IMC: Reading all the poems in If I Could Teach My Teacher, I was delighted by how you use rhyme and a sense of music to carry the lines along. 'Clouds of Cream' sounds exactly like the inside of my daughter's head. She is always in her own world. How do these rhymes come to you?
Thank you for your words! I love poems and most of them they are easy and effortless to me as breathing. A lot of the times I am making up rhymes and couplets on my own. Life becomes easier when you rhyme or create verse out of a situation.
IMC: The poems in If I Could Teach My Teacher depict a variety of childhood experiences. Ice cream carts, muddy puddles, Christmas, Santa Claus and snow. Children from around the world can enjoy them. Does the material for the poems come from your travels or your hometown? How do you pick and choose?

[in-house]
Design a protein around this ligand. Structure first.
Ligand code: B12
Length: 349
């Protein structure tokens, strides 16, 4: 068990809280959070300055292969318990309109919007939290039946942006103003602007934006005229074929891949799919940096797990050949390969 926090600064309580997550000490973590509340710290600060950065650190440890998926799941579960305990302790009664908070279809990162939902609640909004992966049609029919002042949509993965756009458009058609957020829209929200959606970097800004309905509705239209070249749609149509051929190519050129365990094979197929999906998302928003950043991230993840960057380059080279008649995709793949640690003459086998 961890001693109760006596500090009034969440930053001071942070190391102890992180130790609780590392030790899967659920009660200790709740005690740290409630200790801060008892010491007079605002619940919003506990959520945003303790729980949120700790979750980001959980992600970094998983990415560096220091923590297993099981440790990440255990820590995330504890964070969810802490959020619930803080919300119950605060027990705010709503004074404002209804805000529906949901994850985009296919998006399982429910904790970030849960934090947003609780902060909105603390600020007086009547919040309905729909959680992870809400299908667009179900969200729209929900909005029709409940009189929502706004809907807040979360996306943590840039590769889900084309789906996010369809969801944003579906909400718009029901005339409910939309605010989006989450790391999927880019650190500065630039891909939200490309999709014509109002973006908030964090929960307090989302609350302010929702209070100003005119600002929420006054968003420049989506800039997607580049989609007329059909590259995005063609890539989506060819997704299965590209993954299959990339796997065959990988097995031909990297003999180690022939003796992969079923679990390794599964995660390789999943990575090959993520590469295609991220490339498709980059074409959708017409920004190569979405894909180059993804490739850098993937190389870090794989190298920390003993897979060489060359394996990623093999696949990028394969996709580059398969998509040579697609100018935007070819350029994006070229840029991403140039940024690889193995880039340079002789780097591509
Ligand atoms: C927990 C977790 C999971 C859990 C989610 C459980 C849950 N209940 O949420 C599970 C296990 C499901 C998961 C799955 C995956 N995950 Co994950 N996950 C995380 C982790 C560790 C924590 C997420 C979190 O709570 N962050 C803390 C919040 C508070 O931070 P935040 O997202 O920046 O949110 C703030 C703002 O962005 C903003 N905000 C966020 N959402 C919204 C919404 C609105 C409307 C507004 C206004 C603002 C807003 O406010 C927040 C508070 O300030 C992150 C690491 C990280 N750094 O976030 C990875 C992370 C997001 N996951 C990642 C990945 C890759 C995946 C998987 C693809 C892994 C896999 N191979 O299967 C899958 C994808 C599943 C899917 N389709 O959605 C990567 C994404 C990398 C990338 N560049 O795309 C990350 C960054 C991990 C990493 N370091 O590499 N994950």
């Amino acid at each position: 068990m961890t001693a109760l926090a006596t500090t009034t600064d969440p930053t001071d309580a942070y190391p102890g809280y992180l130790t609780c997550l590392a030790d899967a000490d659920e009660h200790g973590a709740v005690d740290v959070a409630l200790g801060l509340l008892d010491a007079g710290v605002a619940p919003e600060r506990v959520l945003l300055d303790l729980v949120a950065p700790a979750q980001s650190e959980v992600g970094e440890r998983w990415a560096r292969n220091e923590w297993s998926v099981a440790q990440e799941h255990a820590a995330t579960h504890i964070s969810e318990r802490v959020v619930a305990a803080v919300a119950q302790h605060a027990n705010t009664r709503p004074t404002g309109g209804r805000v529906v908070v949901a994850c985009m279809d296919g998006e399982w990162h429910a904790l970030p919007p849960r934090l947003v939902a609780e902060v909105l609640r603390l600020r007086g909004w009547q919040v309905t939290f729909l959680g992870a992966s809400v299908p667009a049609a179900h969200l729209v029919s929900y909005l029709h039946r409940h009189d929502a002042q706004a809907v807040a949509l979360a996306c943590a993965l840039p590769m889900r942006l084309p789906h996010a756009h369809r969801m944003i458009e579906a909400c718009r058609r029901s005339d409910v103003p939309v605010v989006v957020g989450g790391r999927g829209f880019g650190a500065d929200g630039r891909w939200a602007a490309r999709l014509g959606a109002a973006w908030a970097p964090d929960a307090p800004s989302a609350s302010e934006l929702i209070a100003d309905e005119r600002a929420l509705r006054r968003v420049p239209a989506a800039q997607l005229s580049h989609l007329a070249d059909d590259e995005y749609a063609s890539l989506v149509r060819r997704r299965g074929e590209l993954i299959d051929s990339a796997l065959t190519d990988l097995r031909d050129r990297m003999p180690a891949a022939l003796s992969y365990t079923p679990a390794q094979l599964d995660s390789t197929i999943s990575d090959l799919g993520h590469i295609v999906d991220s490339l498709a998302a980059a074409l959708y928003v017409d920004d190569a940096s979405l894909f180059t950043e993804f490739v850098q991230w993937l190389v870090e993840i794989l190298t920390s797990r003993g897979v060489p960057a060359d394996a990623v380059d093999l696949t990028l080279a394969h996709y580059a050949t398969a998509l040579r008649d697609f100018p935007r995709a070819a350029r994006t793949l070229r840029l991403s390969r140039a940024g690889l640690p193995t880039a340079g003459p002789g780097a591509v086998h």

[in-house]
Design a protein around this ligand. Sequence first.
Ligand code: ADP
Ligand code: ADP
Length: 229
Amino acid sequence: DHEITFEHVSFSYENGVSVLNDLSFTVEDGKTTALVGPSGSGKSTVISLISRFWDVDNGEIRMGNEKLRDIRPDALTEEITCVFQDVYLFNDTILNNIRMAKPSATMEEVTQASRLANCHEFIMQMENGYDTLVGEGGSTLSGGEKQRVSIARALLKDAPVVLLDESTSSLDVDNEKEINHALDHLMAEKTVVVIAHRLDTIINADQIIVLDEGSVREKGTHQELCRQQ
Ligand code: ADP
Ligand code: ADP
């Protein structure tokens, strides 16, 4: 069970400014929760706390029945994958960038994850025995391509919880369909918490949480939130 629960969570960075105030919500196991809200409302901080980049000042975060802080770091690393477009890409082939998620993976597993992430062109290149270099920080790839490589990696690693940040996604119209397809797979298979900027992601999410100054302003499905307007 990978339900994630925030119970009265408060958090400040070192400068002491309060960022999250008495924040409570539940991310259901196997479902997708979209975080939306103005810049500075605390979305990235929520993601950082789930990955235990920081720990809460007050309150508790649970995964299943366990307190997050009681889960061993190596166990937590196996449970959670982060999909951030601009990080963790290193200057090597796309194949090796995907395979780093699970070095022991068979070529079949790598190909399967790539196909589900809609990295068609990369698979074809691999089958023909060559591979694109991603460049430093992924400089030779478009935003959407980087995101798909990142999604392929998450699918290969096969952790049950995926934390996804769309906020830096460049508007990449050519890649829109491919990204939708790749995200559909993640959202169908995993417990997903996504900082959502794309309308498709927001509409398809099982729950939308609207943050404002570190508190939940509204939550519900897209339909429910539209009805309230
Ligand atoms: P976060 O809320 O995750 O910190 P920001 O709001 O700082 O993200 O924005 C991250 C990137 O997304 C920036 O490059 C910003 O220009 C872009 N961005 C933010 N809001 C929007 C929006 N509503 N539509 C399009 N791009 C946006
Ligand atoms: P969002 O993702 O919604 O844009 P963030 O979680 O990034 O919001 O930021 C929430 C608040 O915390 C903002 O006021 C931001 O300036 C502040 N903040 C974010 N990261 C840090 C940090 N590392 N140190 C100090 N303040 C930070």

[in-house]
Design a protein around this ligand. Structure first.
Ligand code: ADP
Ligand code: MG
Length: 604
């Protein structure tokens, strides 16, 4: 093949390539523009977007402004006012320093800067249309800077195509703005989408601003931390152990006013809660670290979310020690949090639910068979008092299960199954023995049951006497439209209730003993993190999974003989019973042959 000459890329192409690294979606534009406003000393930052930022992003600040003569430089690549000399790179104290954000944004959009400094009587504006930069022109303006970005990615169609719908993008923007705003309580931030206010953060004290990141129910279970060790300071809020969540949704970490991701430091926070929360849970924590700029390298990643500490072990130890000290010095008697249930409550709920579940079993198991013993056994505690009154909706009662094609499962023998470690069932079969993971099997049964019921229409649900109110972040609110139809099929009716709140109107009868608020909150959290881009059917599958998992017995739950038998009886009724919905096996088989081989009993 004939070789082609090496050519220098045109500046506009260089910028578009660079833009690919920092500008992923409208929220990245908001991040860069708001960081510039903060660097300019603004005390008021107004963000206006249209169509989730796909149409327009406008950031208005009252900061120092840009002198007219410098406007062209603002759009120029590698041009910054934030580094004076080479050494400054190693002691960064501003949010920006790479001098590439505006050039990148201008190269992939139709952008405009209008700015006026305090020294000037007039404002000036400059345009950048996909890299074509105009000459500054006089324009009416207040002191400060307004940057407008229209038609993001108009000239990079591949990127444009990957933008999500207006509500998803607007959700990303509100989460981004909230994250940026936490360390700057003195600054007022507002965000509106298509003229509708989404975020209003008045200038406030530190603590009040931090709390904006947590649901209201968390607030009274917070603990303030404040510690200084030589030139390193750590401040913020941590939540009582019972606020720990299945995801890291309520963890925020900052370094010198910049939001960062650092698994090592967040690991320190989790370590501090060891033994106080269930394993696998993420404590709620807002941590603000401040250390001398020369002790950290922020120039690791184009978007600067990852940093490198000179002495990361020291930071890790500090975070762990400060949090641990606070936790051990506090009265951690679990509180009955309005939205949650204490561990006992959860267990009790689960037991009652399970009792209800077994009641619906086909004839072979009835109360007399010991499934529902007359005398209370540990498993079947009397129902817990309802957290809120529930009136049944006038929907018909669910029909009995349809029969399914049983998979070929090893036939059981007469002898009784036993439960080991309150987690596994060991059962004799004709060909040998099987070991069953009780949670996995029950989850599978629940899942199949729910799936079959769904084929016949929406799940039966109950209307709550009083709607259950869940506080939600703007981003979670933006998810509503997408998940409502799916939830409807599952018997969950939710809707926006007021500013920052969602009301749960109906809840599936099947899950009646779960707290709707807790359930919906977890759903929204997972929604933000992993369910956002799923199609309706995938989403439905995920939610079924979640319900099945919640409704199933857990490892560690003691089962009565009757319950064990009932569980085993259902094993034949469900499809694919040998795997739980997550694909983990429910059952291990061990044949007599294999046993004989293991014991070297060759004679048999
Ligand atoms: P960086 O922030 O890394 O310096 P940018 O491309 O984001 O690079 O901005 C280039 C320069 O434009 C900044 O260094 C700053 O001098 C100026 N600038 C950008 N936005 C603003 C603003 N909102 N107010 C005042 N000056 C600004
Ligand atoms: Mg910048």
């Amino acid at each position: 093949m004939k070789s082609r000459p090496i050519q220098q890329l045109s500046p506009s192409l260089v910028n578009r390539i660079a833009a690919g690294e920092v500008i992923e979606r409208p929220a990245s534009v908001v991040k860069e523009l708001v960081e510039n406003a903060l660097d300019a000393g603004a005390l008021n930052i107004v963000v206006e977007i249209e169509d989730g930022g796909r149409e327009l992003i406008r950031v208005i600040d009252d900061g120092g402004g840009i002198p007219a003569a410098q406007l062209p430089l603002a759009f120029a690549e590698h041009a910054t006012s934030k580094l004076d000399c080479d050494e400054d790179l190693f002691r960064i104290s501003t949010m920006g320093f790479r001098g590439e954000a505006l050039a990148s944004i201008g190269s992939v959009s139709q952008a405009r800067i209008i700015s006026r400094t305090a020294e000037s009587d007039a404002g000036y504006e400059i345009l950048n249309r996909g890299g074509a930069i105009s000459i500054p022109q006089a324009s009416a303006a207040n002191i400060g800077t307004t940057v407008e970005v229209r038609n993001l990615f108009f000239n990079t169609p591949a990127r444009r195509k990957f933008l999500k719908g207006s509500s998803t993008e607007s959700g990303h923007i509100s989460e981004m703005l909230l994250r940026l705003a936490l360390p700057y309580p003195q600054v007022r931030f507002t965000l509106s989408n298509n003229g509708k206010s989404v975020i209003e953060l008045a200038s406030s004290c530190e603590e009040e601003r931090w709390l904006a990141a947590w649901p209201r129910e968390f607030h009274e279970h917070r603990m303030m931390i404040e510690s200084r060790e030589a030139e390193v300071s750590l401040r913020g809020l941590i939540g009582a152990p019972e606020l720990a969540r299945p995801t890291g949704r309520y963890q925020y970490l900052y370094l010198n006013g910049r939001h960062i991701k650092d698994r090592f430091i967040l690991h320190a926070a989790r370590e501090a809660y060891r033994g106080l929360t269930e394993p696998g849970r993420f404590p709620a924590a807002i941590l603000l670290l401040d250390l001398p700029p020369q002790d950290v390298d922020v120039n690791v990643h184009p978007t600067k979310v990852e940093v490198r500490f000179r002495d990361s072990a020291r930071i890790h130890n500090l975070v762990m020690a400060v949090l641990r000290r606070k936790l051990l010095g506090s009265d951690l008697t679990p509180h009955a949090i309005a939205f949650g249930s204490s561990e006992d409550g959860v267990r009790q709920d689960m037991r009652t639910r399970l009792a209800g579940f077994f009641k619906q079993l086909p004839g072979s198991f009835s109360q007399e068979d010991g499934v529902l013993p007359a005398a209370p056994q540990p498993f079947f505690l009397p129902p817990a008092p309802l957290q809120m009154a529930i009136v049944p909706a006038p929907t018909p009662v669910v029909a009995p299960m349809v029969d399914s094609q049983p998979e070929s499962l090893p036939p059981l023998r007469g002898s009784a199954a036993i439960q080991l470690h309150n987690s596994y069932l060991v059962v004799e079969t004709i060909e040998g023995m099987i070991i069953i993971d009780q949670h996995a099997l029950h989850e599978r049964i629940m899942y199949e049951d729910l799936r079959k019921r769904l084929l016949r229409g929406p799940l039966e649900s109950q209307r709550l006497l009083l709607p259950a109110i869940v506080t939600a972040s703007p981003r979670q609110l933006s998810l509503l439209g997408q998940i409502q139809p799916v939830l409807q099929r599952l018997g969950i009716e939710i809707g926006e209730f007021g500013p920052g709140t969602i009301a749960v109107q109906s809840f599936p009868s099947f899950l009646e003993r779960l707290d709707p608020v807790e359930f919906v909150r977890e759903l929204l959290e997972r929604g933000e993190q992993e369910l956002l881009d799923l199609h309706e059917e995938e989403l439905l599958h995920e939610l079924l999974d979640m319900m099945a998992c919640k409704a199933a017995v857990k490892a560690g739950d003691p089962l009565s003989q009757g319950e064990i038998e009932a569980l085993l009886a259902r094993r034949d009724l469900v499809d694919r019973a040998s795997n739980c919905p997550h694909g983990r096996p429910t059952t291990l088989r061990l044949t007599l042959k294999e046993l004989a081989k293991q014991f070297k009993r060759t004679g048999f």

Sakshi: A lot of my material comes from my travels and my home town. You are right. I visited Wales last year for a course in writing for mental health and well-being. It was exciting to wake up earlier than everyone else and see the snow! I would go outside hoping the whole garden would be covered in white but alas all I would see was frost. Poems are often about hopes and feelings and experiences close to your heart.
Poems are often about hopes and feelings and experiences close to your heart.
My first six years were spent in Agra and I say proudly that they were some of the most beautiful years of my life. There is something so charming about life in a small town. It is less busy, less chaotic and yet full of fulfillment and fine things. You should allow yourself to see the beauty in everything like the ice-cream cart. The ice cream cart is awaited eagerly not just by a child but also by adults in the searing summer heat. I hardly have a chance to pick and choose, often the ideas and subjects pick me!
Sakshi is a huge advocate of Writing for Therapy. You can view her 'Journal Therapy' workshops sessions in the link below.
What's missing in children's poetry today
IMC: What do you think is missing in children's poetry today? Shouldn't poems be performed more often?